(2018-03-15) I Bet She Is Pretty Wonderful
I Bet She Is Pretty Wonderful
Summary: When Wendy turns up dead with one of Eddie's cards, the cops come sniffing around with questions, but it turns out Ida's the real person of interest.
Date: 2018-03-15
Related: http://darkwater.wikidot.com/log:2018-02-20-the-misty-mountains-cold
Player Characters: Eddie, Ida, Emmahsue as ST

-| 6th Floor - Brundle Investigations - Cahuenga Building - The Bay |

A room of hazy lights and lots of shadows. A trio of windows would offer a spectacular view of the bay, but they are hung with nicotine yellow blinds that seem permanently glued in the 'closed' position judging by how speckled they are with flyshit and the permanent bends and tears in the old plastic where someone has roughly bent them apart. Over and over and over again.

There are shapes in the half-dark. An uncomfortable looking loveseat and rickety side-table faces a bulky oak desk with a large armchair behind it. On top of the desk is a crossword collection. In a corner is a cheap office chair and a smaller rolltop bearing a beige computer that looks to be from the 80s, along with a matching elder coffee maker. Next to the door is a coat rack, and numerous boxes line the walls, several seemingly permanently employed as makeshift filing systems. Yellowed photos adorn the walls. The magazines on the side table are years out of date and contribute to the musty smell of the place. Somewhere a hidden radio plays jazz made sibilant with white noise.

It's just after lunchtime. The sound of traffic outside is a distant roll of wheels over concrete and the occasional honk. One of the lamps in the room has gone buzzy, fitzing out every now and then before turning back on again; someone ought to fix that. Some day. Some day. It is, as the classics put it, a hot and steamy near-summer day. All this joint needs is a bottle o' booze, a dame with a look in her eye, and a private investigator slumped in his seat contemplating the heavy noir of it all.

The booze all gone, a casualty of a real rough time of a weekend, but two out of three ain't bad. Eddie's sitting behind his desk, sweating, wishing he could bring himself to open up the window. With all the birds around these days, it doesn't seem like a good idea, so he's settled for breaking out the fans. The one on his desk right now is on its last legs, barely able to flutter the ribbon tied around the frame, and he stares at it resentfully. "Just a little apartment on Baker Street," he says, continuing a conversation he's been having with his still-unofficial secretary, "Not much of anything, but I got a good rate. The landlord has a guilty conscience. Guilty something, anyway."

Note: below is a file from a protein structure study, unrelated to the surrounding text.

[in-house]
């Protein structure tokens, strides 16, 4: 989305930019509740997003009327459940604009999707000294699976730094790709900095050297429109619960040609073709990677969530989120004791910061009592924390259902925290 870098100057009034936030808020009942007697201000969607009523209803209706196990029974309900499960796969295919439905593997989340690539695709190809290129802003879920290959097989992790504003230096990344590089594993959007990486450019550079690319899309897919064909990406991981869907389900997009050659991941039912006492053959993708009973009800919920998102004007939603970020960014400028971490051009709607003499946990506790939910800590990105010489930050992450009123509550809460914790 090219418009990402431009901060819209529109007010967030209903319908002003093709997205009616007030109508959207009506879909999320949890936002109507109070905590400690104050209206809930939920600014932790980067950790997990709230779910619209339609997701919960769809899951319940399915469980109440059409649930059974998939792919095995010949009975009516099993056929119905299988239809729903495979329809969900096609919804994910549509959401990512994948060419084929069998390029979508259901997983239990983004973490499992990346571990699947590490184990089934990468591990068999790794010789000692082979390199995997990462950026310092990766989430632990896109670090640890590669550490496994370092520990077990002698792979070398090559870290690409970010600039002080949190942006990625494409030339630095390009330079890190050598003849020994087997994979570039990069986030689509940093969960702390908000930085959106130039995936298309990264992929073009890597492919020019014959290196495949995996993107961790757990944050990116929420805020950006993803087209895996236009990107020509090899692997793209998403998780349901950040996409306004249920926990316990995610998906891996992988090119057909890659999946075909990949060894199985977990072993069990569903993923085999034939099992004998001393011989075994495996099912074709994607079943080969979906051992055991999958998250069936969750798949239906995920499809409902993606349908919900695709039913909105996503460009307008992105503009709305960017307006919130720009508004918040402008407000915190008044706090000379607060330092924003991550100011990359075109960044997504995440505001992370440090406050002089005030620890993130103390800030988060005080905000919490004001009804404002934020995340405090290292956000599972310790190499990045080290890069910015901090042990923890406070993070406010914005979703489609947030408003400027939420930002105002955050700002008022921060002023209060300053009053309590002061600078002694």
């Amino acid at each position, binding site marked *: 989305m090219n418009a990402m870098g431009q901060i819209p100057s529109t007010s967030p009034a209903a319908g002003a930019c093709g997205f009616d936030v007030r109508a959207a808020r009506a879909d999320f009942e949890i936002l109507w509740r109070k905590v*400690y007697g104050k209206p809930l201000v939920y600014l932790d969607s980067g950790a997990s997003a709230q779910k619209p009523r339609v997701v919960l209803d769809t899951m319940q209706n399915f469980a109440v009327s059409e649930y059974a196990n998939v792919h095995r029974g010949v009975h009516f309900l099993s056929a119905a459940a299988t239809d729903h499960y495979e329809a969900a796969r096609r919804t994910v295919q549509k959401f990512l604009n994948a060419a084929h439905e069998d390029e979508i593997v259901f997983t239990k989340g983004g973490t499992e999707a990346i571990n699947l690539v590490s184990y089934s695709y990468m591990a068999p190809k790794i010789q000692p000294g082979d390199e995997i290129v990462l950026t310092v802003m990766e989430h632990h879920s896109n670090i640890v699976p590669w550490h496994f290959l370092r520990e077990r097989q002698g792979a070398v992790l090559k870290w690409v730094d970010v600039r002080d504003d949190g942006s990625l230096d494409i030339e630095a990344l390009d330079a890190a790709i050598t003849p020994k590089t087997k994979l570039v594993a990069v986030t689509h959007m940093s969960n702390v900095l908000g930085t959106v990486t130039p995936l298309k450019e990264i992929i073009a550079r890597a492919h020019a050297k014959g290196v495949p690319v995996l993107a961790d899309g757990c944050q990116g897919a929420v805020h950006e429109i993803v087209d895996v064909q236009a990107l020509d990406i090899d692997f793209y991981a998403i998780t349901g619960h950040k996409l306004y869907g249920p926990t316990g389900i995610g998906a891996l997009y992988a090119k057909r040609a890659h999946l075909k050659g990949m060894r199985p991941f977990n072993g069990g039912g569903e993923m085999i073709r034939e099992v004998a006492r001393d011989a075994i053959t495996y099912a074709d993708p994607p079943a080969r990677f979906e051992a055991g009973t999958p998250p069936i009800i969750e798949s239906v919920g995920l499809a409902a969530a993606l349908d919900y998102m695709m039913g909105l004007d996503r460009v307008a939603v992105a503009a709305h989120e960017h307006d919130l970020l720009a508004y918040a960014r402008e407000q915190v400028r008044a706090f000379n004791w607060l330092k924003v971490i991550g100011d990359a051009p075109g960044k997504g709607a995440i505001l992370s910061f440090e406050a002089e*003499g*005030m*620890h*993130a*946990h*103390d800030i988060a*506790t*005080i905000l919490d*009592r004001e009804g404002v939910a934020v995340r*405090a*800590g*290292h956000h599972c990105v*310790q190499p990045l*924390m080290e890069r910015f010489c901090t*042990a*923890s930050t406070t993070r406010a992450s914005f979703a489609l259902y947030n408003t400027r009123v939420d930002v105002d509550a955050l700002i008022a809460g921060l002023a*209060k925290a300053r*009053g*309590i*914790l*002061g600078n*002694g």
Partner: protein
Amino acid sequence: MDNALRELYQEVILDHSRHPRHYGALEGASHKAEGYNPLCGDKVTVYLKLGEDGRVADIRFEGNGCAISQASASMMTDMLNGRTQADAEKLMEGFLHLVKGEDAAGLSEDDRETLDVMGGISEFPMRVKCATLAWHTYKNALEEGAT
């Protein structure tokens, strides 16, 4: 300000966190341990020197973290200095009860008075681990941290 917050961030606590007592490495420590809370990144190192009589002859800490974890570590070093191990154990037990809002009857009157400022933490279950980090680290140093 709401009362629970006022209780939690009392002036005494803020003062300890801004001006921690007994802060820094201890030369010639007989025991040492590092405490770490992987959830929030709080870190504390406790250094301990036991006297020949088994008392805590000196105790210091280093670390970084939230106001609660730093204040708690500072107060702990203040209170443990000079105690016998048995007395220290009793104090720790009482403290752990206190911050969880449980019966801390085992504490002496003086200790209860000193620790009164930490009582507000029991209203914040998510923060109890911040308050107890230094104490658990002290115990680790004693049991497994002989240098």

Ida is prowling Eddie's office like a tigress through a Burmese orphanage, all gleaming hair and legs for hours. There is a bit more than the usual pout to her lips, "Eddie. I am glad you have a new place, really that sounds wonderful, but you are dodging the real question and you know it. You have to get rid of that thing. I do not wish for you or I to be bit parts in this towns own version of The Birds." She takes out a cigarette, lights it, blows a plume at the window. Her eyes are narrow, her shoulders are tight. And even with the hit of nicotine her fingers are twitchy. "We should be investigating, not be targets. There has to be a fleetfoot or.. Or *something* that could dash around the town and throw these things off."

The first sign of a visitor is the silhouette. Someone's coming up to the door, barely visible as a shape against the frosted glass. Second sign: whump-whump-whump. That's a startlingly heavy fist, laying down a presence unmistakable: whoever it is has the cop-knock down *pat*.
"You think I haven't tried pawning it off? It's all I did for a month, practically. There's nobody." Eddie takes out a handkerchief and mops the back of his neck. He's even left his coat on the rack, today. From the sound of things they've had this conversation, or one very much like it, several times today. "Anyway, now that we know what they do, how am I supposed to do that to someb—" His eyes come up to the door, and he sits up straight. Shit. He takes a quick mental inventory of the office, trying to think if he's got anything particularly illegal in here. He doesn't think so, but there's a lot of boxes he hasn't had a chance to search, yet. He looks back at the window and maybe thinks of going out it, again, but finally gestures Ida toward the door.